Jane Doorly, VP of IDC discussed the industry’s shift to the “third platform” built on mobile, cloud, social, and Big Data technologies which will accelerate in 2012 forcing the industry’s leaders to make bold investments and fateful decisions. Continue Reading →

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IIAR UK Gets Festive!

Sponsors of the IIAR Christmas Event, UK

IIAR FORUM and CHRISTMAS NETWORKING WITH THE ANALYSTS 

Thursday 8th  December, 3pm onwards

 

What better way to end the year with than to hear about analyst predictions for 2012 and then meet with your analyst buddies and AR colleagues at an informal networking event over a celebratory glass. It’s an action-packed afternoon with two analyst presentations plus a formal introduction to the new IIAR Board.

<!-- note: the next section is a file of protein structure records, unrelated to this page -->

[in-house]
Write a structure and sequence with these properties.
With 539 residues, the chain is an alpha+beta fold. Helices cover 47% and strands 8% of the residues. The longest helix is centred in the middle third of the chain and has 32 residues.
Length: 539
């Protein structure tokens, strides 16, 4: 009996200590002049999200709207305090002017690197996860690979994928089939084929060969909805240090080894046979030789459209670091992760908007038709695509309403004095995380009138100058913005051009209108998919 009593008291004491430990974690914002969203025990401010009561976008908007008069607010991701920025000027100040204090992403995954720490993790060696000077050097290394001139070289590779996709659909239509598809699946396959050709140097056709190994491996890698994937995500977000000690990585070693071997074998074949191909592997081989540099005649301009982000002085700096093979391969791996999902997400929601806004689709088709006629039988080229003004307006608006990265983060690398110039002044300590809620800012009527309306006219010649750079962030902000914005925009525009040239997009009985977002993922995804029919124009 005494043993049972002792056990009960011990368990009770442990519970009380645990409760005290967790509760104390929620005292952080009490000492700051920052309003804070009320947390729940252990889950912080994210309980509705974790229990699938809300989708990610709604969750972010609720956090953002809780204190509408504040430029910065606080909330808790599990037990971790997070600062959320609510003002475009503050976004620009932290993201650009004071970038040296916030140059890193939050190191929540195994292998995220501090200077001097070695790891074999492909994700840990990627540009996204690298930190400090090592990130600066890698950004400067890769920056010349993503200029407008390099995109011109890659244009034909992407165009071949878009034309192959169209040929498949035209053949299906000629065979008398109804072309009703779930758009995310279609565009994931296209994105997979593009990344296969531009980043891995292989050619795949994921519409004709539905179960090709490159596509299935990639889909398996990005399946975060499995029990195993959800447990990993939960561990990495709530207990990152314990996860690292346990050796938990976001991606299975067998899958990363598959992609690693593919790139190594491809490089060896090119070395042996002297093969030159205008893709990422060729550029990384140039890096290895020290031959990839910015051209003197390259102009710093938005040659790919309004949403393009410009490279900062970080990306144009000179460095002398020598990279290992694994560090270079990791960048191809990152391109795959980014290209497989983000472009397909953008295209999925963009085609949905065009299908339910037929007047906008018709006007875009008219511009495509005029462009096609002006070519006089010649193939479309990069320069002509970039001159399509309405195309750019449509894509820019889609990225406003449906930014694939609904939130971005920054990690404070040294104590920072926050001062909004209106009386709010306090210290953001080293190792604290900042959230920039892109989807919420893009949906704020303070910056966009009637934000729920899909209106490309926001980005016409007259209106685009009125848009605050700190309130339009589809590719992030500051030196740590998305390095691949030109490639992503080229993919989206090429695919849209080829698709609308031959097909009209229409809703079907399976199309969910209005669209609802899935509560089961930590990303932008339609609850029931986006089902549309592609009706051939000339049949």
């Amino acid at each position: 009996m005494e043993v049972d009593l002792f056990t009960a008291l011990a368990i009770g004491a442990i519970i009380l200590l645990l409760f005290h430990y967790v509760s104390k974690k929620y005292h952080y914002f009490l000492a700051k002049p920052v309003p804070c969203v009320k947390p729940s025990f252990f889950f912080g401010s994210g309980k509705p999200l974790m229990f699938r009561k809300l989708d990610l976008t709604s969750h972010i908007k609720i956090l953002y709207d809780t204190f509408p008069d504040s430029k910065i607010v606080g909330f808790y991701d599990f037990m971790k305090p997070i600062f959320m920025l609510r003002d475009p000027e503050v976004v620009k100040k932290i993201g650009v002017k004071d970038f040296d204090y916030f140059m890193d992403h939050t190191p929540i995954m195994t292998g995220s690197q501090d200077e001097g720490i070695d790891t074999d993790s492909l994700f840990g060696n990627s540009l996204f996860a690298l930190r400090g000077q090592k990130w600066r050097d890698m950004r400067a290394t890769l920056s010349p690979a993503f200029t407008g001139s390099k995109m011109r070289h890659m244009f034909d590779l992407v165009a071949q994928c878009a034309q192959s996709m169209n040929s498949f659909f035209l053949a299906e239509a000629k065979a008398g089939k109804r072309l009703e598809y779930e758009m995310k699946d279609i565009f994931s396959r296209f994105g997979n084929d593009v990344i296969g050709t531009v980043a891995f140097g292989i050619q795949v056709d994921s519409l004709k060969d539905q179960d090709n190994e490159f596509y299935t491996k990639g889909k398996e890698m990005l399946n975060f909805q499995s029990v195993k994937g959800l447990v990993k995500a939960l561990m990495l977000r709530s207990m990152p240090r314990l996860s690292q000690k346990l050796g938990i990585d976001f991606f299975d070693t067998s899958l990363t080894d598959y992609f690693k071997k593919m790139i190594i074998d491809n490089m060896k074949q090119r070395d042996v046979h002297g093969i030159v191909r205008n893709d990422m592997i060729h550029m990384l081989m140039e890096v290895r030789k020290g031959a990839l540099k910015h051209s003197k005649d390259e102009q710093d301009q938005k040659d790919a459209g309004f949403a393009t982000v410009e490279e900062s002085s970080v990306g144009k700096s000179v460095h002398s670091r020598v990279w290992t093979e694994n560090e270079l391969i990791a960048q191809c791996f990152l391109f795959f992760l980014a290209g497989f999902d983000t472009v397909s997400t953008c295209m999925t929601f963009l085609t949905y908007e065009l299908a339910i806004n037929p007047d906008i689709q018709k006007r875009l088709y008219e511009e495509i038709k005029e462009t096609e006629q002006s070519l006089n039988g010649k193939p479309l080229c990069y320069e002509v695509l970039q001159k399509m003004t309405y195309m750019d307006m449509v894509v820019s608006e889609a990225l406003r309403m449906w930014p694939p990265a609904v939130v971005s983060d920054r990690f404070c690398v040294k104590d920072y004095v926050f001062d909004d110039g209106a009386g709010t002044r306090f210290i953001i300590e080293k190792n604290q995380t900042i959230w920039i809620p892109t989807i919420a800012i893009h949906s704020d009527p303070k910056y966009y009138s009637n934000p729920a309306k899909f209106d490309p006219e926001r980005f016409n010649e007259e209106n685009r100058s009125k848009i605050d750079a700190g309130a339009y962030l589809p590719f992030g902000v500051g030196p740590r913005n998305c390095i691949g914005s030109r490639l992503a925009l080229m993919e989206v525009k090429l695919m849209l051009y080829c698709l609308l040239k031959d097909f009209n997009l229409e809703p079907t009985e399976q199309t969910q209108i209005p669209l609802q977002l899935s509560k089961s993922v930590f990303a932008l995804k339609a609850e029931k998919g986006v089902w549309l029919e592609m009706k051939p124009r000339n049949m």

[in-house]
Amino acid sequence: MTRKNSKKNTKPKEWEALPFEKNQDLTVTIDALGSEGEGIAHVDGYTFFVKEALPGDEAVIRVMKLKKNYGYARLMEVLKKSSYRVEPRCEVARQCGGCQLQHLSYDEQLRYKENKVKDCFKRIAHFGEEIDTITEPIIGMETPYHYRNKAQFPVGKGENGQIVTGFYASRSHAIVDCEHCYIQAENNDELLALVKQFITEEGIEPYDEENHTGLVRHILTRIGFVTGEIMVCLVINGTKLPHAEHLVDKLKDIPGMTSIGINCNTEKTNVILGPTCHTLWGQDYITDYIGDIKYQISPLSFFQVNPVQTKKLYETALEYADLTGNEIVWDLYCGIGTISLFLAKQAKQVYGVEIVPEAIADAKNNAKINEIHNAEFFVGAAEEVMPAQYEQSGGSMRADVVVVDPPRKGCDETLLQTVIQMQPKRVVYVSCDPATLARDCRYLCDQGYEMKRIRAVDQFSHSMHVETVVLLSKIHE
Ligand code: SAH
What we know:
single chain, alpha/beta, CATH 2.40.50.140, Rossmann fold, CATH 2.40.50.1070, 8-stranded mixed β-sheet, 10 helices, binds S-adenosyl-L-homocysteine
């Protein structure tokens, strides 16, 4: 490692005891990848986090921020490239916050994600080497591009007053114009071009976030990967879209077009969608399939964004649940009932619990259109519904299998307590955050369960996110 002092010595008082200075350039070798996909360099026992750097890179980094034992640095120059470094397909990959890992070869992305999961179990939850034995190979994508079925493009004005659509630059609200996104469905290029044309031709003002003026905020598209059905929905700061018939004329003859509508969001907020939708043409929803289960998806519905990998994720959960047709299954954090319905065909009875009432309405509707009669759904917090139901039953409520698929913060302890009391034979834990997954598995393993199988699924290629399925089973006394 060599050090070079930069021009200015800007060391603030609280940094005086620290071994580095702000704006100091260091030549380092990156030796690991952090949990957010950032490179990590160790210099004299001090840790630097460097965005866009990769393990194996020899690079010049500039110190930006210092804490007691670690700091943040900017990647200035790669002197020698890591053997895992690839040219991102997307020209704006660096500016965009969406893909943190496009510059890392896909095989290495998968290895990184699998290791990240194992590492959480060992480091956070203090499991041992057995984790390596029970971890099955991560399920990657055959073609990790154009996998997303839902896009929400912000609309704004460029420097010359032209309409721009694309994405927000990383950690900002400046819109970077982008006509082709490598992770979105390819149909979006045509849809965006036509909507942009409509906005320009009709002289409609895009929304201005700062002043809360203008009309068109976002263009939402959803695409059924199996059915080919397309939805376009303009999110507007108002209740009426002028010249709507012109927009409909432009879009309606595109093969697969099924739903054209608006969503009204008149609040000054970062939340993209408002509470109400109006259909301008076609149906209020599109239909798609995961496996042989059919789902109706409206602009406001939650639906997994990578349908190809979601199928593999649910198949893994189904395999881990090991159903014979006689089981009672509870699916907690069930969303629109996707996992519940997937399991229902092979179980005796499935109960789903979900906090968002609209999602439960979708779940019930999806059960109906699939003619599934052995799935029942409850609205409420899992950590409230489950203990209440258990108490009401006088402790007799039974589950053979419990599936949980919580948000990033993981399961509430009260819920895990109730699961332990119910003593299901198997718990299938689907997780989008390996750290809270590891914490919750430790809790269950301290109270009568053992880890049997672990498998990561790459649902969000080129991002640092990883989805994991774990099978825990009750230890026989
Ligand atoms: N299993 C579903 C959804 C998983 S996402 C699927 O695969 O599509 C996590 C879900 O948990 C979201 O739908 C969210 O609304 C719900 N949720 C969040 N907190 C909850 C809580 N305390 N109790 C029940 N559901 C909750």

The event will be held on Thursday 8th December in central London with the networking celebrations taking place immediately after. It’s a great opportunity to wish your analyst friends and AR colleagues a Happy Christmas while meeting some new faces too.

This event is very kindly being sponsored by Metia – a global digital marketing agency with vertical experts in PR, AR, partner marketing and customer advocacy.

Speakers:

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Gartner Wields the Most Influential Influencers, Peers, Not Analysts

A Glimpse into Peer Connect